David C. Leach was born on March 7, 1831, in New Hampshire, the son of Ira (1791-1841) and Aseneth (Crowell, 1800-1867).
Ira was probably living in Londonderry, Rockingham, New Hampshire in 1820 and in Windham, Rockingham County in 1830. He brought his family to Michigan in 1835, settling in Jackson County, near Concord, and he eventually moved to Carlton, Barry County in 1837. His family joined him in Barry County in 1839 or 1840, after he had cut a road to his farm and built a cabin.
David married Francis A. Sage (1842-1916) in 1856, and they had at least six children: Major Floris, Colonel M., Captain P. David E., Mrs. Lottie Cunningham (1862-1918) and Mrs. Clara Lamson.
In 1860 David was probably the same David Leach who was working as a cook in Jackson’s Fourth Ward, Jackson County, and was in prison on a charge of passing counterfeit money.
In any case, David stood 5’11” with blue eyes, dark hair and a light complexion and was 33 years old and probably working as a farmer in Barry, Barry County, when he enlisted in Company E on January 27, 1864, at Grand Rapids for 3 years, crediting Barry, and was mustered January 28. He joined the Regiment on March 29, was transferred to Company E, Fifth Michigan infantry upon consolidation of the Third and Fifth Michigan Regiments on June 10, 1864, and mustered out on July 5, 1865, at Jeffersonville, Indiana.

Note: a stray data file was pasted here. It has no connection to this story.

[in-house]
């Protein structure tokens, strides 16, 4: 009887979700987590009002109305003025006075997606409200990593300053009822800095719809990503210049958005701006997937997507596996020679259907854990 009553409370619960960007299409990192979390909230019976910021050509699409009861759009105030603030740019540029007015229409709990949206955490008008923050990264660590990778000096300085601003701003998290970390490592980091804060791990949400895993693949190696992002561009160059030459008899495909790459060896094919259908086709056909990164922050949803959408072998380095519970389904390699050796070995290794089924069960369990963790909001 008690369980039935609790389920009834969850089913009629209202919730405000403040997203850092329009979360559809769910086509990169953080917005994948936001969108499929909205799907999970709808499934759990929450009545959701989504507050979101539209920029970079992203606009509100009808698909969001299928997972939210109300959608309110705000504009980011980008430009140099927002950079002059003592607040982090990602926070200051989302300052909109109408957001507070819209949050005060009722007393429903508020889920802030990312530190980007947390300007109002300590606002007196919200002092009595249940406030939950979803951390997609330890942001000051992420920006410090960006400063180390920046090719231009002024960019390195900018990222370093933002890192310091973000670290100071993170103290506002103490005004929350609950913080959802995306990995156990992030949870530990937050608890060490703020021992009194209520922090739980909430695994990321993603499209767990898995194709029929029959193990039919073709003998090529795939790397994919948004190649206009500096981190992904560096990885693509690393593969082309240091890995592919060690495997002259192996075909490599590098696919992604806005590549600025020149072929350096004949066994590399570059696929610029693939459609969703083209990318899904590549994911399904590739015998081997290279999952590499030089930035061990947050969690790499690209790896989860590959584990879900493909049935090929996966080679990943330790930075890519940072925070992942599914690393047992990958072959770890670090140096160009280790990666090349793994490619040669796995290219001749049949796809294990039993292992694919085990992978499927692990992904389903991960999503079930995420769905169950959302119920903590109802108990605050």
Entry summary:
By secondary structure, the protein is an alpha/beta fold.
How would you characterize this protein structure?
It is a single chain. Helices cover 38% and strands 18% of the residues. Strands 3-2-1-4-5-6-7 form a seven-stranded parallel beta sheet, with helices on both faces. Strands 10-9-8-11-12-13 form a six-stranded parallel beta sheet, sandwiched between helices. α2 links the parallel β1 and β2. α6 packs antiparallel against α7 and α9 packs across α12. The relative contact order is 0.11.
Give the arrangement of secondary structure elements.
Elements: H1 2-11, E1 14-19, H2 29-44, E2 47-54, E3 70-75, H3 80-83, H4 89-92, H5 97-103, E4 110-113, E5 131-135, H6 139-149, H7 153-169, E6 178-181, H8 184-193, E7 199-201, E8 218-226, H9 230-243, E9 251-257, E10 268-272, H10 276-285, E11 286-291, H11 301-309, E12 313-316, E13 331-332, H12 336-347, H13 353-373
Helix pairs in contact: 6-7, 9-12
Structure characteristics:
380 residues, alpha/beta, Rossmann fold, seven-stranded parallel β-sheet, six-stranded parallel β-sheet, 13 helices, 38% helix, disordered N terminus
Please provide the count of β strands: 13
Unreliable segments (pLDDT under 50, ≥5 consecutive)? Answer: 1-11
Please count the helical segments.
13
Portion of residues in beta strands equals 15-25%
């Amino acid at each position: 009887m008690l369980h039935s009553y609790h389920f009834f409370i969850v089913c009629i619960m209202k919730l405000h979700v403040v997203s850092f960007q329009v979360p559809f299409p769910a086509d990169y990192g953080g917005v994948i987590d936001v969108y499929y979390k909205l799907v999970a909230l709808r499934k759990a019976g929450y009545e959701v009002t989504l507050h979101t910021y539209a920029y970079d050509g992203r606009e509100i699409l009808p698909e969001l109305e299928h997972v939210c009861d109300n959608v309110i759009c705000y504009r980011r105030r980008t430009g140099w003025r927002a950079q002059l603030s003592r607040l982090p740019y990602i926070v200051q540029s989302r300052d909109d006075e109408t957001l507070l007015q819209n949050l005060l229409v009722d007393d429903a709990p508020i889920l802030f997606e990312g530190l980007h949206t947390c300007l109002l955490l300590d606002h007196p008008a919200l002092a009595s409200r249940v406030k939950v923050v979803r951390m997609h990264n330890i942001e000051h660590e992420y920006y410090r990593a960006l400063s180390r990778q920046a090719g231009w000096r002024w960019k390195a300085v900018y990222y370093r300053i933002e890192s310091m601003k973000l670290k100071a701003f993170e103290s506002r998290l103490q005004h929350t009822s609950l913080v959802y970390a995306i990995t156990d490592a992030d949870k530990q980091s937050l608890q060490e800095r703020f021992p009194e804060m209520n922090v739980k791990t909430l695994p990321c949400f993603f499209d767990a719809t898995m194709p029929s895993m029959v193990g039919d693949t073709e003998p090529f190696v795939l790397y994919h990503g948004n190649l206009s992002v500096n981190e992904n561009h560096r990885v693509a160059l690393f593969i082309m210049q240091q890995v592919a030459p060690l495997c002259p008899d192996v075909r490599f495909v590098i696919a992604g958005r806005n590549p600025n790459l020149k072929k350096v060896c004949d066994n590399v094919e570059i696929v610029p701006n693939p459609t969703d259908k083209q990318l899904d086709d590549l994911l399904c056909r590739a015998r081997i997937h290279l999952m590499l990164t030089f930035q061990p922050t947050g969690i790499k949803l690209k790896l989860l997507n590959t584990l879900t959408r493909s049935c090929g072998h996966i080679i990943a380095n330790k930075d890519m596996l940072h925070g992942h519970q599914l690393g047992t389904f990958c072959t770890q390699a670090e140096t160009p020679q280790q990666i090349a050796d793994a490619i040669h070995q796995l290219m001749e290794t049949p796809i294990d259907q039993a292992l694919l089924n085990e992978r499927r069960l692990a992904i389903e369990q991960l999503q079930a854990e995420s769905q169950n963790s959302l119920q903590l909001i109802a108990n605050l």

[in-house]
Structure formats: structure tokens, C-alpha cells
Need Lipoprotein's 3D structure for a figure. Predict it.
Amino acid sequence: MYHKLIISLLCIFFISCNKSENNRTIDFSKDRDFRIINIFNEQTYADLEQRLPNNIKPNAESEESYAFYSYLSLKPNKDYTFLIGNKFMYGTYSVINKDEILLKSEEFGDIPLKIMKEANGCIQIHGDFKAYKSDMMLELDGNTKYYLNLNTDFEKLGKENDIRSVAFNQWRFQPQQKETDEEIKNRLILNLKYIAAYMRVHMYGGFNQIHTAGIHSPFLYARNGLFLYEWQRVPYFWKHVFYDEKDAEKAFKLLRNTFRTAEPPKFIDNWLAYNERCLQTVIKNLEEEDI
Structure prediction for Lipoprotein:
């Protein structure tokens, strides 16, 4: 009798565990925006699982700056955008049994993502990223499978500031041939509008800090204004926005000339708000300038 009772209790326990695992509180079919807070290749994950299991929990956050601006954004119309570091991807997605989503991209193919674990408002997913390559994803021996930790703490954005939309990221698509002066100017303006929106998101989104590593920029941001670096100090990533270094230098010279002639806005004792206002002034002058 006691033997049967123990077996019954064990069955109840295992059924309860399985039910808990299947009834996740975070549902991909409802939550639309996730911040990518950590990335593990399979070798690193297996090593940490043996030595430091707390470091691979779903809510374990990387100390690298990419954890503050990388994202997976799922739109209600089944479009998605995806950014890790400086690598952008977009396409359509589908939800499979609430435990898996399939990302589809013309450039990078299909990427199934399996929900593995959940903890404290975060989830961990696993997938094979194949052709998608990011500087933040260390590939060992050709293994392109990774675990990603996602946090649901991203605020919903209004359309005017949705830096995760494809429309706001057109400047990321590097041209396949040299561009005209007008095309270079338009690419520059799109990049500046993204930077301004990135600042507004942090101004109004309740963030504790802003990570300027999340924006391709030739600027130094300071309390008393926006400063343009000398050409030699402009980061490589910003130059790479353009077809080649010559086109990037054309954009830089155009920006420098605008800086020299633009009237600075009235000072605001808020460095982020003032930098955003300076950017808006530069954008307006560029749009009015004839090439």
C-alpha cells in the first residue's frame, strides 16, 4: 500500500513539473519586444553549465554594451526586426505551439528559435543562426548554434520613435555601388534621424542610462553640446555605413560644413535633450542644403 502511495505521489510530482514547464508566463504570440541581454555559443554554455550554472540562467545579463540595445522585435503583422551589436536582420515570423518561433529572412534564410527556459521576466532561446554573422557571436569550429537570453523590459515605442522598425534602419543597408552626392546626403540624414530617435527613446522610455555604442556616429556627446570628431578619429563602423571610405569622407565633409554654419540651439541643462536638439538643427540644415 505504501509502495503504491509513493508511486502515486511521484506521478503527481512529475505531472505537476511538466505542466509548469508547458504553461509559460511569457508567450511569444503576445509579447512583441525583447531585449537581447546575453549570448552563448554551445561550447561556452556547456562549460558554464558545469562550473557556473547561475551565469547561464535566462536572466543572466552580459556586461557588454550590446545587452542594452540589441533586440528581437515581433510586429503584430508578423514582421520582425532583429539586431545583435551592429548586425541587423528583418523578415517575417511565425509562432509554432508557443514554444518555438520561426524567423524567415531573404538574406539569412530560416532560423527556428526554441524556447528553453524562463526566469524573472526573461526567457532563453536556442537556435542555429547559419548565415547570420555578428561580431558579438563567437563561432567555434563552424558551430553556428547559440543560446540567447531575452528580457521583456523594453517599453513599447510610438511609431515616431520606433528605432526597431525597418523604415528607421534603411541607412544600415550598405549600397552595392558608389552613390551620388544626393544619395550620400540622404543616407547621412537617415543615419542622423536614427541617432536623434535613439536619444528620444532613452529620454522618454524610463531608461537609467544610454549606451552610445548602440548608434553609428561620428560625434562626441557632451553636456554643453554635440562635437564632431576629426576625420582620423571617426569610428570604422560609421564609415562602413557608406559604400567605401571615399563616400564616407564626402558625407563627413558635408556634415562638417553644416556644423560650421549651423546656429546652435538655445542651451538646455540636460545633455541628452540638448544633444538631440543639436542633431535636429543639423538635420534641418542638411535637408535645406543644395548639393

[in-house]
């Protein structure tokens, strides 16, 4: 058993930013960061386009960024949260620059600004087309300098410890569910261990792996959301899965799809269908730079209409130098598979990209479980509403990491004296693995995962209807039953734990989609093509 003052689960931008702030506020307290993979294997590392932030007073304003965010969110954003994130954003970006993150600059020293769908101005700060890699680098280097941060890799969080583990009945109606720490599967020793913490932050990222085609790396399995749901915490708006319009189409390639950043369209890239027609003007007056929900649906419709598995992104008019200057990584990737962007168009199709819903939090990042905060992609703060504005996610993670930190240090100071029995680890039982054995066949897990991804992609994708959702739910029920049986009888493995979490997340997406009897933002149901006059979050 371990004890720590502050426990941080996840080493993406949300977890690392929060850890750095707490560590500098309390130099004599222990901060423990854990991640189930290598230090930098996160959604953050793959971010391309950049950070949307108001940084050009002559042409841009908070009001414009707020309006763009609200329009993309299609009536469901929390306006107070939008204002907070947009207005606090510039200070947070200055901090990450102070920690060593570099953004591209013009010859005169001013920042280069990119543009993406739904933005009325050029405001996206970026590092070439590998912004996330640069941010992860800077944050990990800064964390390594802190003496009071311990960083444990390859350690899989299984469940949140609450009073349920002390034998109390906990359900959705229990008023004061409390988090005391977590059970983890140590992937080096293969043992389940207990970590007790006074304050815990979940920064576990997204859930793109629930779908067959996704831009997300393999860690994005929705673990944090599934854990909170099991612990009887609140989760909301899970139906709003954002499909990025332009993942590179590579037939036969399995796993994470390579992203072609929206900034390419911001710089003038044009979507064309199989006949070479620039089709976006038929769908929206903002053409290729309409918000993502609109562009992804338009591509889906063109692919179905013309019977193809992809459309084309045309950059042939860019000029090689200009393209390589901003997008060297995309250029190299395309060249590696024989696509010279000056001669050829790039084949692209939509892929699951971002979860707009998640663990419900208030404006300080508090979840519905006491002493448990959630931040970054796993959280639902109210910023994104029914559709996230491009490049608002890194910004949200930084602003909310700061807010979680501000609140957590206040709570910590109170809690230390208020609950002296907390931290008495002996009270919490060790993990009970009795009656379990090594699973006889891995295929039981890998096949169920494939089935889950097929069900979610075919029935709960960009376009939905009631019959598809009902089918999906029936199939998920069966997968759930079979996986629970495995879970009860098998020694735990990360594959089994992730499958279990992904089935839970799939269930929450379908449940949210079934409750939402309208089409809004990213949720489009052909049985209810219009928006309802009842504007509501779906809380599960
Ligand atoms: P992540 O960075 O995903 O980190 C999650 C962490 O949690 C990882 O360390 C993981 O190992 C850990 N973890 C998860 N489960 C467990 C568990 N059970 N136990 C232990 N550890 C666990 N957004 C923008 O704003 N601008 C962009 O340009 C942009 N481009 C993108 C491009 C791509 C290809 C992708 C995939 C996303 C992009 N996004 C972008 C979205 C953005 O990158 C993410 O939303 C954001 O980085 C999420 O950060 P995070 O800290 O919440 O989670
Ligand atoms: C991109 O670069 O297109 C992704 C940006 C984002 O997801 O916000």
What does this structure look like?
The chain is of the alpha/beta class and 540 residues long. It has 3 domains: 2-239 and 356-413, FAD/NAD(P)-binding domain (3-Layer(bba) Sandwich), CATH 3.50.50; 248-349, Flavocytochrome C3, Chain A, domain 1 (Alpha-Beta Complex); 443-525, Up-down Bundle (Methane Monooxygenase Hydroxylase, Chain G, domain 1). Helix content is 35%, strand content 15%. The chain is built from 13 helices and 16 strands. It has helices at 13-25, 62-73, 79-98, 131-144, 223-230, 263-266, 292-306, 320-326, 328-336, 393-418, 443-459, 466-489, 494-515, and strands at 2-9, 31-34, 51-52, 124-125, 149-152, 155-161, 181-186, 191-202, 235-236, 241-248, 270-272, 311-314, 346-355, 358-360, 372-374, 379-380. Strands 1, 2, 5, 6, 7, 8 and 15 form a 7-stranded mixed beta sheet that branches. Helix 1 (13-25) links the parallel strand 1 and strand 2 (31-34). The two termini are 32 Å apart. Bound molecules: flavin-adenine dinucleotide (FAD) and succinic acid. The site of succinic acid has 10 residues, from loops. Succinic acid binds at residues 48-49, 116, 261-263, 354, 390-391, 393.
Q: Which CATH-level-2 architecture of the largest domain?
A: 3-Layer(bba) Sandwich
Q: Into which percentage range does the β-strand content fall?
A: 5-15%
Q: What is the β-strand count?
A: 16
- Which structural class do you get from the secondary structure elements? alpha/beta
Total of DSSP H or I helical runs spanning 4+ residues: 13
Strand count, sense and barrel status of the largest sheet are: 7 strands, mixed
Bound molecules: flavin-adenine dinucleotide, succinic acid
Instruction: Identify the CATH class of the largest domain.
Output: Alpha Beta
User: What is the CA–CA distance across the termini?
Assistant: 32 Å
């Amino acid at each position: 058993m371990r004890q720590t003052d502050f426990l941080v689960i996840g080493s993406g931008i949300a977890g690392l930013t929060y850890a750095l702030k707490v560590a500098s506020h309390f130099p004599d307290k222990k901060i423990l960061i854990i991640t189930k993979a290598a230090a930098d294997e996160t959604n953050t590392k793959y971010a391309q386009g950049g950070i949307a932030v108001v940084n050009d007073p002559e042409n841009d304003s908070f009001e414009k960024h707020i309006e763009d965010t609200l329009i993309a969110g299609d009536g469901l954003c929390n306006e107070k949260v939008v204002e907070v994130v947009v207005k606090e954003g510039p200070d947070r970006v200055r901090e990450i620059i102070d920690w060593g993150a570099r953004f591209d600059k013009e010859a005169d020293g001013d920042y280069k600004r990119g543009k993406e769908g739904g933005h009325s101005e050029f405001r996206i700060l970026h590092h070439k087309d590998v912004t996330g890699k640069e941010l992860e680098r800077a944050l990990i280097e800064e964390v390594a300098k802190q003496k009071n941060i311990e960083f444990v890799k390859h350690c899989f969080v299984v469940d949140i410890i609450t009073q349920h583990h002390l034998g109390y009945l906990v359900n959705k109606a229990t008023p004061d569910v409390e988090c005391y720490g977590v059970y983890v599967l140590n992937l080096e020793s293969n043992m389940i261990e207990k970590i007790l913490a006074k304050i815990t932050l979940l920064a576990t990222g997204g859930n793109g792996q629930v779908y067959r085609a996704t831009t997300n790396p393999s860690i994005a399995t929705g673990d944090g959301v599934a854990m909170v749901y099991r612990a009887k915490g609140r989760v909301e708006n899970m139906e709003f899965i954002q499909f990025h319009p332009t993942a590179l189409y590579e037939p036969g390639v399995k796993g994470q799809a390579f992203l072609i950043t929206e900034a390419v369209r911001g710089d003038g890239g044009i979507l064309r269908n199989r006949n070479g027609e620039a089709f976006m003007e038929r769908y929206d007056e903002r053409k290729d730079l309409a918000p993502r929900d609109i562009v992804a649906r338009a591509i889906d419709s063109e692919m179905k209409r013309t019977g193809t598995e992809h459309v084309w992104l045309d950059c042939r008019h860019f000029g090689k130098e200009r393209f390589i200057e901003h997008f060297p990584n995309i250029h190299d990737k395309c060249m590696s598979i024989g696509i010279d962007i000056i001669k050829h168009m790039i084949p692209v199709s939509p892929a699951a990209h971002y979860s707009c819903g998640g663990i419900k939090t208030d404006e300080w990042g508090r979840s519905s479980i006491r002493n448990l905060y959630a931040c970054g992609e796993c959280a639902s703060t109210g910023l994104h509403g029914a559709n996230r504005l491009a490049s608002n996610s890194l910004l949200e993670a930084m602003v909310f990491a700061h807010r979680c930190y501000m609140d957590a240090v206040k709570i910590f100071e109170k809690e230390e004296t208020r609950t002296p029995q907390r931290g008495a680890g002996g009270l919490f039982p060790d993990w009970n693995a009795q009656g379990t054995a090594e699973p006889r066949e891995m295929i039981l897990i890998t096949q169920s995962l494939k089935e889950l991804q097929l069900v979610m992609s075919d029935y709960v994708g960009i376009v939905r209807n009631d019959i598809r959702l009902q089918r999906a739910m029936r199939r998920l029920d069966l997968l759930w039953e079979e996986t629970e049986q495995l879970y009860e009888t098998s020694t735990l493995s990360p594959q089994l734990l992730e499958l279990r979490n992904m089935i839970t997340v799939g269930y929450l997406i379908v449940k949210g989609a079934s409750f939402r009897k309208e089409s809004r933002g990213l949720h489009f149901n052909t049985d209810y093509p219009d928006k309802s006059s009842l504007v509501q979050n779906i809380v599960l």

After the war David eventually returned to Michigan, settling for a time in Hastings, Barry County. By the mid-1880s he had settled in Grand Rapids, and was reportedly residing in that city in 1888 and 1890. He was living in Grand Rapids in the mid-1880s when he testified in the pension claim of George Bellows, who had also served in Company E. David resided at 59 Jefferson Street from 1906 through 1911 and was living at 519 Lexington in 1914.
In 1890 he applied for and received a pension (no. 533196), drawing $20 per month by 1914.
He was a member of the Old Third Michigan Infantry Association and a member of Grand Army of the Republic Custer post no. 5 in Grand Rapids for 26 years.
David died of “senility” on Wednesday morning, April 8, 1914, at his home at 519 Lexington Avenue, Grand Rapids, and the funeral was held at the residence at 2:00 p.m. on Friday April 10. He was buried in Fairplains cemetery: section C lot 38.
In late April of 1914 his widow applied for and received a pension (no. 785769).